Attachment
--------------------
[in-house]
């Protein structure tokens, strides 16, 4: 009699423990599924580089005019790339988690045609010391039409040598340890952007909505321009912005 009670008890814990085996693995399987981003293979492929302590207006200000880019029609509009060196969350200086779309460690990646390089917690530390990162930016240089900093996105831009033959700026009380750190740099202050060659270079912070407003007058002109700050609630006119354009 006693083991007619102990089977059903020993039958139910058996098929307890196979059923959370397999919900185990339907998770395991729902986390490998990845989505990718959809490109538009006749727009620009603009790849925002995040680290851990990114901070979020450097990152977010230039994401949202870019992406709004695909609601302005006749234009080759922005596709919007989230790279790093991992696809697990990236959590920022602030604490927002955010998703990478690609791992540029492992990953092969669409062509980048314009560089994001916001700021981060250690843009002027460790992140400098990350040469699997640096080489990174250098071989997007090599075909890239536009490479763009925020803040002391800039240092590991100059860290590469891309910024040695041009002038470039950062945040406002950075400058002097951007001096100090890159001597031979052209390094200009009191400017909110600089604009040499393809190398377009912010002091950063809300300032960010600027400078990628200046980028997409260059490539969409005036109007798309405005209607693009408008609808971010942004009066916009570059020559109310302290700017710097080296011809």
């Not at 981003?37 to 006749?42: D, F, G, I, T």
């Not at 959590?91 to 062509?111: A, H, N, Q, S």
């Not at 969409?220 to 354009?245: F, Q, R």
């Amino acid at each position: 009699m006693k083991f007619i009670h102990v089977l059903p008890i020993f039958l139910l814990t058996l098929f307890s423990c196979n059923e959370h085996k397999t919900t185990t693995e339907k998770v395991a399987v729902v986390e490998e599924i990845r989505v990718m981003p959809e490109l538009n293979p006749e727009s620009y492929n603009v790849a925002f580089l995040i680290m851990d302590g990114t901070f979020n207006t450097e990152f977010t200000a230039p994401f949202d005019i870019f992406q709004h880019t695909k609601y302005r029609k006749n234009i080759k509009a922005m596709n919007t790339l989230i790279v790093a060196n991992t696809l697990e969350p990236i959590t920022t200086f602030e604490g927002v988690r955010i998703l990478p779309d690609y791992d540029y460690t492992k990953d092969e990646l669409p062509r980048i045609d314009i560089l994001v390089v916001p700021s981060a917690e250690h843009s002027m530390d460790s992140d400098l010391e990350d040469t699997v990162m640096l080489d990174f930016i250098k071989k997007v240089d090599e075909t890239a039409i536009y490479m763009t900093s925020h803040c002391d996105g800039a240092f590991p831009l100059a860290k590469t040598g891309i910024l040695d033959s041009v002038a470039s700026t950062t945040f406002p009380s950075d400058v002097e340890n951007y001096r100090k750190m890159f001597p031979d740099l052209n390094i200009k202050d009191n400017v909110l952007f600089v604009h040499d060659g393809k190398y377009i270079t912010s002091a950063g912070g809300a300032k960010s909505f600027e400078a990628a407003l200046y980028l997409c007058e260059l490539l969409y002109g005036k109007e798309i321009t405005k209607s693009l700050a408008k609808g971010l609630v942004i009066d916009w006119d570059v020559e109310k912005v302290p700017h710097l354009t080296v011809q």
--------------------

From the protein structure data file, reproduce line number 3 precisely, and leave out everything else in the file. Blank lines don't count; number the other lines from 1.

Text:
């Not at 981003?37 to 006749?42: D, F, G, I, T």